It’s a shame 3D seems to be less and less of a draw for TV buyers, for the Panasonic L47DT65’s 3D performance is arguably its biggest strength. Its use of the passive approach means that a) you get four glasses for free and b) you don’t have to worry about the crosstalk ghosting (so long as your vertical viewing angle is pretty level), flickering and significant brightness reduction associated with the active 3D format.
It’s also great to see the L47DT65 generally avoiding the stutter/judder problems often associated with 3D playback, which joins the lack of crosstalk ghosting in helping the Panasonic L47DT65’s presentation of 3D Blu-rays look crisp despite the inevitable slight loss of resolution associated with the passive 3D format.
Finally, as well as enjoying the intensity delivered to 3D by the screen’s brightness and vibrant colour saturations, it doesn’t do the L47DT65’s 3D performance any harm that the marginal reduction in brightness induced by donning the passive 3D glasses slightly hides the set’s contrast problems.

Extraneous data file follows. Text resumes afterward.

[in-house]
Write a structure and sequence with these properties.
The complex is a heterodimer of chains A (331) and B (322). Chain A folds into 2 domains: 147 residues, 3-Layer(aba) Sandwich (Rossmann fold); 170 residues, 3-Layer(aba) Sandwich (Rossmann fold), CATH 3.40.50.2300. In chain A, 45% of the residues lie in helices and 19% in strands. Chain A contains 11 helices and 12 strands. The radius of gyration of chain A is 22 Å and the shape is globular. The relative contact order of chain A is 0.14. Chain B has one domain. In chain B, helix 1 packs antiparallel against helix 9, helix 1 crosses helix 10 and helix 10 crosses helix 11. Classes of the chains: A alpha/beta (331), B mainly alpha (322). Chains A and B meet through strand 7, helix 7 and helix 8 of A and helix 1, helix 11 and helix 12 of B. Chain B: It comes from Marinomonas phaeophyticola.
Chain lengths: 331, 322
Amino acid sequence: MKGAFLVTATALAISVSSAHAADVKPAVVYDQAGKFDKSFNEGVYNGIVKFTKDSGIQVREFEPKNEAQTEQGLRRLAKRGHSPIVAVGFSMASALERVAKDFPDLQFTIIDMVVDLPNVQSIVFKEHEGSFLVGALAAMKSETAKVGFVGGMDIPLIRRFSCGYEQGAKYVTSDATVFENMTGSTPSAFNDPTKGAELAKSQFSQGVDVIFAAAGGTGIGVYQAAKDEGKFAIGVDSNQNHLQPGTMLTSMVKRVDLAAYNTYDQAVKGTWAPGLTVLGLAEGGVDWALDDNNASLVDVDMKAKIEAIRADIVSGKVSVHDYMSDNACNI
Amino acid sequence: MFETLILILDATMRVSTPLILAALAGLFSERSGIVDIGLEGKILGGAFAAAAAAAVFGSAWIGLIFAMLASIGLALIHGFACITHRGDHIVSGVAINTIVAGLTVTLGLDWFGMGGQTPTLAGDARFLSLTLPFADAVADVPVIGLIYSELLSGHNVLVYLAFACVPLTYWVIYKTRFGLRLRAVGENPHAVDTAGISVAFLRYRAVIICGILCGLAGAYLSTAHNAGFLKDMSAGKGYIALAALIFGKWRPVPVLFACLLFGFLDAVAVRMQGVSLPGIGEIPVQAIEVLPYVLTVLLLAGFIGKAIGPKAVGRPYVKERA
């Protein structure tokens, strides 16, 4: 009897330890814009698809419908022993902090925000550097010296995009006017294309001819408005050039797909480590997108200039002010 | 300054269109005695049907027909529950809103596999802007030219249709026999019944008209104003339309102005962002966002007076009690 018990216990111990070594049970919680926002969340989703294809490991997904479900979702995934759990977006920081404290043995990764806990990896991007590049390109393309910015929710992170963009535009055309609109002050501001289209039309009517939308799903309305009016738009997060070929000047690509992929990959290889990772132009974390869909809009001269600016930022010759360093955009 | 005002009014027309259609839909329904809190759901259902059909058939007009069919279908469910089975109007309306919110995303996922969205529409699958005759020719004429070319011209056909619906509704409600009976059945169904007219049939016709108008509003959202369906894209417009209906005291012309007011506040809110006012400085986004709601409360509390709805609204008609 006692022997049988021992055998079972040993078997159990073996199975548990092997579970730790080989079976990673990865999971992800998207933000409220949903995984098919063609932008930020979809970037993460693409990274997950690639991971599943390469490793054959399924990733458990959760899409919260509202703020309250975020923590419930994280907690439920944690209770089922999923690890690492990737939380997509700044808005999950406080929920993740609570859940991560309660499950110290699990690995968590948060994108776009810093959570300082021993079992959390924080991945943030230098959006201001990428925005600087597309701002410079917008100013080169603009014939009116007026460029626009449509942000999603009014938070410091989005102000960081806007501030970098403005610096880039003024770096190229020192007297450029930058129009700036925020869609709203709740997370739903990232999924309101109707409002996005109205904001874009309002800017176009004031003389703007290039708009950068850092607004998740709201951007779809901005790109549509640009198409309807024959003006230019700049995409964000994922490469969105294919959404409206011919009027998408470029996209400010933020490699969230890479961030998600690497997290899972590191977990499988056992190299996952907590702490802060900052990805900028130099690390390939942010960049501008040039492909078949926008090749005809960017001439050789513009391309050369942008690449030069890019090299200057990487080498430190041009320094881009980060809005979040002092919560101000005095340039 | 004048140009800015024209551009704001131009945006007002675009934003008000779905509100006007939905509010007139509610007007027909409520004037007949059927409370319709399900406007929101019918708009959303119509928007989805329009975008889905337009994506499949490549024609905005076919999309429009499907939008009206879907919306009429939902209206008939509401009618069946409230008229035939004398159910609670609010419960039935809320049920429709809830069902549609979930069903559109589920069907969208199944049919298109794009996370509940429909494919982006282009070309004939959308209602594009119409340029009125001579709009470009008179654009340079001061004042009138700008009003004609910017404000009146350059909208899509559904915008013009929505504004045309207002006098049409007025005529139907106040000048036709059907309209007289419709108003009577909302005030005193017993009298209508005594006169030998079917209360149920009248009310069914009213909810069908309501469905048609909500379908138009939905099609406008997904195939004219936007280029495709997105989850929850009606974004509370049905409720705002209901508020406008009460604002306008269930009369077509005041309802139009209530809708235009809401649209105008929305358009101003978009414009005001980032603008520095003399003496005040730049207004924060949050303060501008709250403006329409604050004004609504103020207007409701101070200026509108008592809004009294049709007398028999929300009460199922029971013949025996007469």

For regular TV viewing the Panasonic L47DT65 sounds fine. Slightly better, in fact, than you would expect given how super-slim it is. Voices are clear, detail levels are high, and the mid-range sounds quite open and free of harshness and distortion.
Where it comes a bit of a cropper, though, is with loud action scenes. These expose a lack of bass from Panasonic’s set that leaves loud moments sounding a bit thin and unbalanced.
Aside from its contrast issues, the Panasonic L47DT65 is an excellent gaming monitor. Provided you remember to use the TV’s Game preset it measures just 33ms of input lag during our tests, which hits the sub-40ms target where you can feel reasonably confident that nothing the TV is doing is mucking up your gaming skills.
One other point to mention is that although we have to say that Panasonic’s My Home Screen interface is starting to look visually a bit dated in light of what we saw on show at the Consumer Electronics Show in Las Vegas in January, it’s still an intuitive and friendly way of handling the huge amounts of content Smart TVs offer these days.
Good though the Panasonic L47DT65 is in most ways and even for much of the time, it’s hard to rustle up an unqualified recommendation for it when you think that you can get such outstanding (if one inch smaller) TVs as the Sony 46W905A or Samsung UE46F7000 for pretty much the same money.
While the L47DT65 admittedly has its moments, it’s hard to come up with any irresistible reasons for owning one. Sure, its pictures often look good - very good even; its design is gorgeous and futuristic; and its smart interface is unusually effective. But its problems with dark scenes and demanding price allow a couple of rival screens to steal a march on it.
Next, read our best tvs round-up